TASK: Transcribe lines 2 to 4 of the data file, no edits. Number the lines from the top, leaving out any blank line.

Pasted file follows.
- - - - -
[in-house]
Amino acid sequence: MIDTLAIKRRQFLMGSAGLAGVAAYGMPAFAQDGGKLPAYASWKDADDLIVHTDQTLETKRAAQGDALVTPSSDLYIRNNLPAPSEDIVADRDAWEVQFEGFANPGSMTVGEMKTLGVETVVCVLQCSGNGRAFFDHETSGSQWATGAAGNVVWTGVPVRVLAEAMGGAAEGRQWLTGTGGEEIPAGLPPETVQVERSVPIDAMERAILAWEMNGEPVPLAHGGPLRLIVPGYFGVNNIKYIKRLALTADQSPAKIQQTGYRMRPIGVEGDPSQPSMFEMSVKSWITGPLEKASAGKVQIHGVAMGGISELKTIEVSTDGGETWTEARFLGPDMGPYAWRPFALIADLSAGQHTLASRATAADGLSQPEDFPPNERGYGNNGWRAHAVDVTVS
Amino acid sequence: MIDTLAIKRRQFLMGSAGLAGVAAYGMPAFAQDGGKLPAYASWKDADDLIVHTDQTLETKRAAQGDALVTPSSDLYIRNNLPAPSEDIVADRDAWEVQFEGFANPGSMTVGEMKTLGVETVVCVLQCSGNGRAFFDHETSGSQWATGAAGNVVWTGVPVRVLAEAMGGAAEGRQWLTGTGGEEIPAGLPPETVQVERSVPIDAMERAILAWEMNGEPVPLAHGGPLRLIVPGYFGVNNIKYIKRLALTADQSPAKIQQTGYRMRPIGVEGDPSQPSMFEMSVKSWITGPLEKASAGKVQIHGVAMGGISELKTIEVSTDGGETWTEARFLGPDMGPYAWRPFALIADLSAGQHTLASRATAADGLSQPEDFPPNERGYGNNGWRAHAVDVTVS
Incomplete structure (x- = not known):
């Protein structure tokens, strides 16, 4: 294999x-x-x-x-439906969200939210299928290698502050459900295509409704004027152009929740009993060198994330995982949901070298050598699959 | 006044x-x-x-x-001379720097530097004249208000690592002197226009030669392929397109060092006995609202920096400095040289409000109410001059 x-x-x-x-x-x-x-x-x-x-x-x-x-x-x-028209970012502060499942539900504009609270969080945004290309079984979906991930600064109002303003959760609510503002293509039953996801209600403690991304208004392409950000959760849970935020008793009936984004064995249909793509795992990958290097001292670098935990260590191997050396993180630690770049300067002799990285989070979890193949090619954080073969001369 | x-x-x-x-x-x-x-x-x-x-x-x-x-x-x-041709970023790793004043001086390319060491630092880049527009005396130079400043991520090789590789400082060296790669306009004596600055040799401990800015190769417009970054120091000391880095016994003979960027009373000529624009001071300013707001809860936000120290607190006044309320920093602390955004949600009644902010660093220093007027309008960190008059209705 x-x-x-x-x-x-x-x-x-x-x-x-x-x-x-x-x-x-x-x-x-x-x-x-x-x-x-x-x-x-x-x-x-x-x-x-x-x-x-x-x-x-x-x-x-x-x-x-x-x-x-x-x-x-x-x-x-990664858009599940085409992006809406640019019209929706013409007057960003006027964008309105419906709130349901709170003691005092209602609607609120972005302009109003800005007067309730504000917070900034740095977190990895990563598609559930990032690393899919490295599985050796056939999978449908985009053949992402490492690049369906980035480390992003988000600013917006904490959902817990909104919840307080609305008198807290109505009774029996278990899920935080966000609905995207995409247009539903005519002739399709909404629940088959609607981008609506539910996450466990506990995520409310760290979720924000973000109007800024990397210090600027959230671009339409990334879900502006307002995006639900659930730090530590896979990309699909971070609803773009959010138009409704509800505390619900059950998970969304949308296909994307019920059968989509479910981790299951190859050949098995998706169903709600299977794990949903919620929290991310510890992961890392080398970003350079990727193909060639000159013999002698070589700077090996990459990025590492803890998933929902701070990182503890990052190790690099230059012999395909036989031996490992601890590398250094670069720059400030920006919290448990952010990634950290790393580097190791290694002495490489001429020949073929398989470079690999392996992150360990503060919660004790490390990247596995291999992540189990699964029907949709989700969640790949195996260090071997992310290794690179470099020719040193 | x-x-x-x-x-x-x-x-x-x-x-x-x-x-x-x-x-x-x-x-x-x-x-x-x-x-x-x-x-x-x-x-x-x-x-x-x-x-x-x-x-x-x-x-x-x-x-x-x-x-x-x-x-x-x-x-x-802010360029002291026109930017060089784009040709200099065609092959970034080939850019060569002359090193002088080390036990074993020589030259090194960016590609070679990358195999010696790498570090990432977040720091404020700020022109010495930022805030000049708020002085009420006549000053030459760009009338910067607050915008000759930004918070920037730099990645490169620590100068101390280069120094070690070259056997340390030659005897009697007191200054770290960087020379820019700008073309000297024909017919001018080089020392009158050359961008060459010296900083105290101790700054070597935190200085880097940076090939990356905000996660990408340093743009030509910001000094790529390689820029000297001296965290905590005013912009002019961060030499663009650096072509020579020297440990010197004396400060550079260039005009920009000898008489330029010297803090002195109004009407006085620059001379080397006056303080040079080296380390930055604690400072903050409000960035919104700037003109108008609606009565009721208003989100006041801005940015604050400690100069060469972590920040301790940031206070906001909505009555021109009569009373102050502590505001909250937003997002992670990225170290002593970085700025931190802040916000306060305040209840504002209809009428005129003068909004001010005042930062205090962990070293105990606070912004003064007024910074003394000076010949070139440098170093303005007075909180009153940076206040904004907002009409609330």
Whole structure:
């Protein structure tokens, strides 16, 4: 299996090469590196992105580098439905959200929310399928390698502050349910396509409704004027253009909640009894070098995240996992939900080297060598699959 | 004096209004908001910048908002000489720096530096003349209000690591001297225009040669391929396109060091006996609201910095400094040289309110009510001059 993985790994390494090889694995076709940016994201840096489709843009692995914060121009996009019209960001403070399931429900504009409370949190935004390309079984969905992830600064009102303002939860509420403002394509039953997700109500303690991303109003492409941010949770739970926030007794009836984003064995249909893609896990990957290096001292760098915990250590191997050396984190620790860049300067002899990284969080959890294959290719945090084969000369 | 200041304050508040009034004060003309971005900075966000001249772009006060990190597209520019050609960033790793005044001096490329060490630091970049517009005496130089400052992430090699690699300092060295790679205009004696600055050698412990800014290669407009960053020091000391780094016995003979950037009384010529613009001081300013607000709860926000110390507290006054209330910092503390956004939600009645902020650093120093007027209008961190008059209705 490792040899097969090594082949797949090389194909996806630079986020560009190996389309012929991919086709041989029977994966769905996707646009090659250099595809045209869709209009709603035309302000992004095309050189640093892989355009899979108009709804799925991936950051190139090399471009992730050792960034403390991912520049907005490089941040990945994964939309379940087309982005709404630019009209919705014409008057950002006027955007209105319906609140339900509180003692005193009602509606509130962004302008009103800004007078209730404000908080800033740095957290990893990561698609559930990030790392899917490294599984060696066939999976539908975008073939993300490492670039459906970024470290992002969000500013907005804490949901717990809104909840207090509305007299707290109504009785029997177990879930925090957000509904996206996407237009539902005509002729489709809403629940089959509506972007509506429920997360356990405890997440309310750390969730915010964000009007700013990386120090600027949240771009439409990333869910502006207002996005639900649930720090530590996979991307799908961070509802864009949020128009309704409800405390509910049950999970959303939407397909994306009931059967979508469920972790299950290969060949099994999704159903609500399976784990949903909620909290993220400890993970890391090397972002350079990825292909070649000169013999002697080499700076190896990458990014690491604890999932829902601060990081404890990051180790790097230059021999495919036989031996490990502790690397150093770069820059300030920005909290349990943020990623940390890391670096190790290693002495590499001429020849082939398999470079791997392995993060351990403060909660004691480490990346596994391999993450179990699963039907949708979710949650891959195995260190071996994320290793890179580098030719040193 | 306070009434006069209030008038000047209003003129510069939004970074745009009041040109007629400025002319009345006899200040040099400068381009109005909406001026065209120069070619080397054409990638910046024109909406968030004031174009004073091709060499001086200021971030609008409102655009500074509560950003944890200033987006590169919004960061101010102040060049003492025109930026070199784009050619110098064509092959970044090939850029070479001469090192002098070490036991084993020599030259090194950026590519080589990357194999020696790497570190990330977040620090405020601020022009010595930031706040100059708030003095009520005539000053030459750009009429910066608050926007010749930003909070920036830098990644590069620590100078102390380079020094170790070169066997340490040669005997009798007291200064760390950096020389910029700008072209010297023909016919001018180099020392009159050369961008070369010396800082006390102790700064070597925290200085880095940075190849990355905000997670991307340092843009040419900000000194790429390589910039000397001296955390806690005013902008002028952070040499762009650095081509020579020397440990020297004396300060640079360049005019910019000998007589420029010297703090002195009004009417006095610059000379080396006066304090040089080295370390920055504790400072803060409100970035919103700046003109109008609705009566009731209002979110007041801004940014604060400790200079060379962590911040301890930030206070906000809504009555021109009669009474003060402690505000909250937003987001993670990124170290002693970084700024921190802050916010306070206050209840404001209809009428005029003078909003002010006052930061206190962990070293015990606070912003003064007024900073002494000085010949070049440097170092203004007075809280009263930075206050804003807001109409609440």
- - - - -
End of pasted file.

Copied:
Amino acid sequence: MIDTLAIKRRQFLMGSAGLAGVAAYGMPAFAQDGGKLPAYASWKDADDLIVHTDQTLETKRAAQGDALVTPSSDLYIRNNLPAPSEDIVADRDAWEVQFEGFANPGSMTVGEMKTLGVETVVCVLQCSGNGRAFFDHETSGSQWATGAAGNVVWTGVPVRVLAEAMGGAAEGRQWLTGTGGEEIPAGLPPETVQVERSVPIDAMERAILAWEMNGEPVPLAHGGPLRLIVPGYFGVNNIKYIKRLALTADQSPAKIQQTGYRMRPIGVEGDPSQPSMFEMSVKSWITGPLEKASAGKVQIHGVAMGGISELKTIEVSTDGGETWTEARFLGPDMGPYAWRPFALIADLSAGQHTLASRATAADGLSQPEDFPPNERGYGNNGWRAHAVDVTVS
Amino acid sequence: MIDTLAIKRRQFLMGSAGLAGVAAYGMPAFAQDGGKLPAYASWKDADDLIVHTDQTLETKRAAQGDALVTPSSDLYIRNNLPAPSEDIVADRDAWEVQFEGFANPGSMTVGEMKTLGVETVVCVLQCSGNGRAFFDHETSGSQWATGAAGNVVWTGVPVRVLAEAMGGAAEGRQWLTGTGGEEIPAGLPPETVQVERSVPIDAMERAILAWEMNGEPVPLAHGGPLRLIVPGYFGVNNIKYIKRLALTADQSPAKIQQTGYRMRPIGVEGDPSQPSMFEMSVKSWITGPLEKASAGKVQIHGVAMGGISELKTIEVSTDGGETWTEARFLGPDMGPYAWRPFALIADLSAGQHTLASRATAADGLSQPEDFPPNERGYGNNGWRAHAVDVTVS
Incomplete structure (x- = not known):